Talk:Granny Smith

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long-lasting apple?[edit]

Why do Granny Smith apples take longer to brown than other types of apples?

The browning of apples (once exposed to air) is the result of enzymatic oxidation (enzyme mediated oxidation). The distinctly sour flavour associated with the granny smith variety results from its innate acidity, presumably caused by an higher concentration (in reference to other varieties) of ascorbic acid (vitamin C). Much like any other enzymes those responsible for mediating the browning of apples are denatured in environments of high acidity, thus the high acidity (approx. pH. 3.25) of the granny smith variety is what affords them their longevity (at least in terms of oxidation reactions) by denaturing the enzyme (a chemical mediator) and thus hindering/slowing the oxidation reaction. 07:08, 23 March 2007 (UTC)Anubeon
Shouldn't this be in the article. I found it interesting. Does anyone have references for it? (talk) 12:51, 4 January 2008 (UTC)
Actually, many apple varieties have a pH of 3-3.5, caused mostly by malic acid ["the" apple acid], and the enzymatic browning in apples is caused by high tannin levels, the ascorbates neutralizing the tannins, which coincidentally are usually low in varieties that are highest in ascorbic acid - there are a number of varieties that are high in vit C, but not a lot Red58bill (talk) 03:43, 6 November 2009 (UTC)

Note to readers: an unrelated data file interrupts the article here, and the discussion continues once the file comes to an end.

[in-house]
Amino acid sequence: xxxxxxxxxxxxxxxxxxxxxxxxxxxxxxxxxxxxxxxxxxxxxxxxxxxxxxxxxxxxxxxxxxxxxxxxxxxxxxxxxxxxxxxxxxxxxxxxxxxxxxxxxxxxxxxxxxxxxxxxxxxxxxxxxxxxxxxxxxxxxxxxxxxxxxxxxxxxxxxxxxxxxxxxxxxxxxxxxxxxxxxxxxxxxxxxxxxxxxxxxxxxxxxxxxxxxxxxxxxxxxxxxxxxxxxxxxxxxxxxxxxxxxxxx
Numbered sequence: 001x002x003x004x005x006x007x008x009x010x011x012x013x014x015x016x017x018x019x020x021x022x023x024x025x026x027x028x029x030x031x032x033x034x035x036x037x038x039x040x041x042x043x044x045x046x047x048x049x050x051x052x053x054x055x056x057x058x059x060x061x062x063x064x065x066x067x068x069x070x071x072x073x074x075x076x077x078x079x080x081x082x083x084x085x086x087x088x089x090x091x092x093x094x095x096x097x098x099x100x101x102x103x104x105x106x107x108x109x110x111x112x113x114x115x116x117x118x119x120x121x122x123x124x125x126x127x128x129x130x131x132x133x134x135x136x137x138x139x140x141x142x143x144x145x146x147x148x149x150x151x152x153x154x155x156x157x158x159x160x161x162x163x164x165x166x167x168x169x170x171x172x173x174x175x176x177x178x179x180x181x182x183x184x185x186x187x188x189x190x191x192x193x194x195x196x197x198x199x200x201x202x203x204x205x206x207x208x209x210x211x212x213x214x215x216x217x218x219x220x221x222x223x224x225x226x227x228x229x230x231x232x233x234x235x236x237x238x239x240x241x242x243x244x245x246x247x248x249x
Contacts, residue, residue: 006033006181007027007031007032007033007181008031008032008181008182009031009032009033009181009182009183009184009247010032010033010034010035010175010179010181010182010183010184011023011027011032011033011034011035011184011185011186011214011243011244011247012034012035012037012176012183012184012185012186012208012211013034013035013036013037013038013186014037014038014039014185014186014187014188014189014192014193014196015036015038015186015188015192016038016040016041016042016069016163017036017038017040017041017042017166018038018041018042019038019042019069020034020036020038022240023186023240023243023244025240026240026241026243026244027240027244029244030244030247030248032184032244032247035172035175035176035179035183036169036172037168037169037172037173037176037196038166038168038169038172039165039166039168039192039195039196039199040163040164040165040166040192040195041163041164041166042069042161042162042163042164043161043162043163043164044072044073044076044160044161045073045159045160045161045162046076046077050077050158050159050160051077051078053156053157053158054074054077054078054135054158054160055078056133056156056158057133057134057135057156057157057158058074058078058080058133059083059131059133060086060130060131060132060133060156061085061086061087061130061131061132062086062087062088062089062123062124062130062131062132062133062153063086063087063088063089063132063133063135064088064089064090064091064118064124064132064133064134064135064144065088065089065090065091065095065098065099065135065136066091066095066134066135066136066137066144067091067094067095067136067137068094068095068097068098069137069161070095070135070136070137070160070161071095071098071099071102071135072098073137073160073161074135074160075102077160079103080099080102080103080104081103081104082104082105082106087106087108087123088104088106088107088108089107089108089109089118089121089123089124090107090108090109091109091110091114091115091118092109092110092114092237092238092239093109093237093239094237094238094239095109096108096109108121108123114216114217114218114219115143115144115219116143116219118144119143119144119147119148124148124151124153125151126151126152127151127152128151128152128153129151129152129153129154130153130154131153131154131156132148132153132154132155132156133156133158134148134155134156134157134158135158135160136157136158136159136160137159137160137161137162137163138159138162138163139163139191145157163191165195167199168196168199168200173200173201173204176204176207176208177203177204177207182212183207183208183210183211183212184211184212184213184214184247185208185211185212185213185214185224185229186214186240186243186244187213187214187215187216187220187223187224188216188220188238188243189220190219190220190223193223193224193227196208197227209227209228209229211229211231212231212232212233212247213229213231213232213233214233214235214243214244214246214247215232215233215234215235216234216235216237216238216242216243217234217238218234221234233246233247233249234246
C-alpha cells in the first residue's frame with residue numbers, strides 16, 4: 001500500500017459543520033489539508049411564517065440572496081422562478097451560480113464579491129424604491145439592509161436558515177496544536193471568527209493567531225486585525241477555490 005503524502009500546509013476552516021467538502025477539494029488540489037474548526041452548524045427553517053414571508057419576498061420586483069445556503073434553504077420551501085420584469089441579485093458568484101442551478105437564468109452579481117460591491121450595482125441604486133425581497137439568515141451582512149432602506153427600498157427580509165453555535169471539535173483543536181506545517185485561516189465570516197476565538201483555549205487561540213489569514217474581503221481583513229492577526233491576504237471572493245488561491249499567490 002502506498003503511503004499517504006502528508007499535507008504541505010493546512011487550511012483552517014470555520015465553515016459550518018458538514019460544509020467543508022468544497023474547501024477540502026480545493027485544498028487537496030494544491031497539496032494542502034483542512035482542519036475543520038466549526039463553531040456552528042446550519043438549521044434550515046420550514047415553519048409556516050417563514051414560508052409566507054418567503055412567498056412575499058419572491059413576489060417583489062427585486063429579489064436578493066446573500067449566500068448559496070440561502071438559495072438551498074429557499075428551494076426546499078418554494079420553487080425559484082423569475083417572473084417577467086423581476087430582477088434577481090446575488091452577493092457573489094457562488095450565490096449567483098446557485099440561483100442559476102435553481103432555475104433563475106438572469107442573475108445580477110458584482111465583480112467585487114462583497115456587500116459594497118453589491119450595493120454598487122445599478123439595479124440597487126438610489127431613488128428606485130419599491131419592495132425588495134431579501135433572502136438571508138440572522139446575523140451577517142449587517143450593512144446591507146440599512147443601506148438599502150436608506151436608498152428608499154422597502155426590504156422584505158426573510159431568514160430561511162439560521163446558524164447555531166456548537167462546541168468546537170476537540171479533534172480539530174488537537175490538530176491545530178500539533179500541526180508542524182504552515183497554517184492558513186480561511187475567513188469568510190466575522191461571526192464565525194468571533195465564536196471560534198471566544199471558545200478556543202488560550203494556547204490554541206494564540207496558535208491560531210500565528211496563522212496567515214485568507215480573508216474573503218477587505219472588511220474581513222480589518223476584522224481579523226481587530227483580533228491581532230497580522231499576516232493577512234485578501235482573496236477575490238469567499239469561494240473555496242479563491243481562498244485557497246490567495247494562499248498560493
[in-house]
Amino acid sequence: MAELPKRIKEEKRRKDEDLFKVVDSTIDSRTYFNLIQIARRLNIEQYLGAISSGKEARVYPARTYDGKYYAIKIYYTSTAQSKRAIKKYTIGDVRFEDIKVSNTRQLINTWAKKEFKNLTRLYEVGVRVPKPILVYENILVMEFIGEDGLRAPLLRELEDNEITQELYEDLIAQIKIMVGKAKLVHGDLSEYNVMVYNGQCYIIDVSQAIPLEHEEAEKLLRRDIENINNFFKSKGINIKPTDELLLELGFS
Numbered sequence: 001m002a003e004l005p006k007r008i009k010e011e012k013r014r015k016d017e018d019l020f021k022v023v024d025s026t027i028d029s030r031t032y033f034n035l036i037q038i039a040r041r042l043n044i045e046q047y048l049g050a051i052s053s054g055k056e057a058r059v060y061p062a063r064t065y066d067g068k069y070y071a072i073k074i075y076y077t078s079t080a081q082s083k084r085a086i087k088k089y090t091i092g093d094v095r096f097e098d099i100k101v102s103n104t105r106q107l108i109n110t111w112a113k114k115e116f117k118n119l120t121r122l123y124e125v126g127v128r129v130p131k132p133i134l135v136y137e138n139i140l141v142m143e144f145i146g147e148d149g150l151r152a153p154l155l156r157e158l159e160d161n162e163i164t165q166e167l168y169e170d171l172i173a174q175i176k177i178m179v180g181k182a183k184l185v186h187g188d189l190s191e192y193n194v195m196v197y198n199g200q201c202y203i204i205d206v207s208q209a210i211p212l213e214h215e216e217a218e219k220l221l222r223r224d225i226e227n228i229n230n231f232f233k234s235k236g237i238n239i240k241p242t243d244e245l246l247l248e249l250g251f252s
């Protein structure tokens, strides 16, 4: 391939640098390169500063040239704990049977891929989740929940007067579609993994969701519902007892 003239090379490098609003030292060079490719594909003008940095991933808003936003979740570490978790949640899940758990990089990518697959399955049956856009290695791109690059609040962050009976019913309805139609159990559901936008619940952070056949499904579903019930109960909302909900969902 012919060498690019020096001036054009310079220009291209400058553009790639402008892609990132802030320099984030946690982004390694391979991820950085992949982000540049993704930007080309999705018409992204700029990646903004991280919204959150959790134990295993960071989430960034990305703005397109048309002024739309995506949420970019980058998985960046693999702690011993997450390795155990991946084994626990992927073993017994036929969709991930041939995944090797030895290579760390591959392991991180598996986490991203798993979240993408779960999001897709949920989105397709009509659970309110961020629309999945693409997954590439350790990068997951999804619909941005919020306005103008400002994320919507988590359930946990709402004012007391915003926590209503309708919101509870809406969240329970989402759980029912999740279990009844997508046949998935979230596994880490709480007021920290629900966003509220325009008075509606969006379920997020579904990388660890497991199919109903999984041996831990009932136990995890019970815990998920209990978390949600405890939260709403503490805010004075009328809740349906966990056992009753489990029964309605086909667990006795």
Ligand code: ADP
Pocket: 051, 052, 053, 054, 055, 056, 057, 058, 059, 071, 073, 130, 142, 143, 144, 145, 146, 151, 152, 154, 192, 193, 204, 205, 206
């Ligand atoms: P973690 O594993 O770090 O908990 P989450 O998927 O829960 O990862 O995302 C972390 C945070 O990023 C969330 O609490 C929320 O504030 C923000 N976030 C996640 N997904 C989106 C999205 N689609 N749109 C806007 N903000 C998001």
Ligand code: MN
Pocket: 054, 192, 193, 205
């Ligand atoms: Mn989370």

My edit summary should read "One article doesn't need two versions of the same picture".PiccoloNamek 00:57, August 27, 2005 (UTC)

green apples?[edit]

I'm a little confused. Are Granny Smith apples the only type of green apple? The fact that "green apple" redirects here suggests that, but then the statement "Granny Smith apples tend to have a harder texture than other green apples" doesn't make much sense. -VJ 21:15, 19 September 2006 (UTC)

Rhode Island Greening is a fairly common pie and sauce apple in the US, but I think it would be every bit as hard as a Granny Smith. I've never had two equally ripe ones together, though, to compare. Pollinator 23:50, 19 September 2006 (UTC)
So there are other types of green apples, besides Granny Smith apples? -VJ 03:31, 21 September 2006 (UTC)
Fairly common is relative. R.I. Greening account for less than one percent of U.S. apple production (and have fallen out of the top 15 varieties produced in the U.S.) In 1978, before Granny Smith became popular, R.I. Greening was as high as 8th with 2.3% of the total harvest. Granny Smith by comparision has been as high as third most popular (now 4th) and about 7% of the total crop. Rmhermen 18:11, 5 October 2006 (UTC)

Yes or no? I'm a little curious as well. --M.W. 15:28, 23 September 2007 (UTC)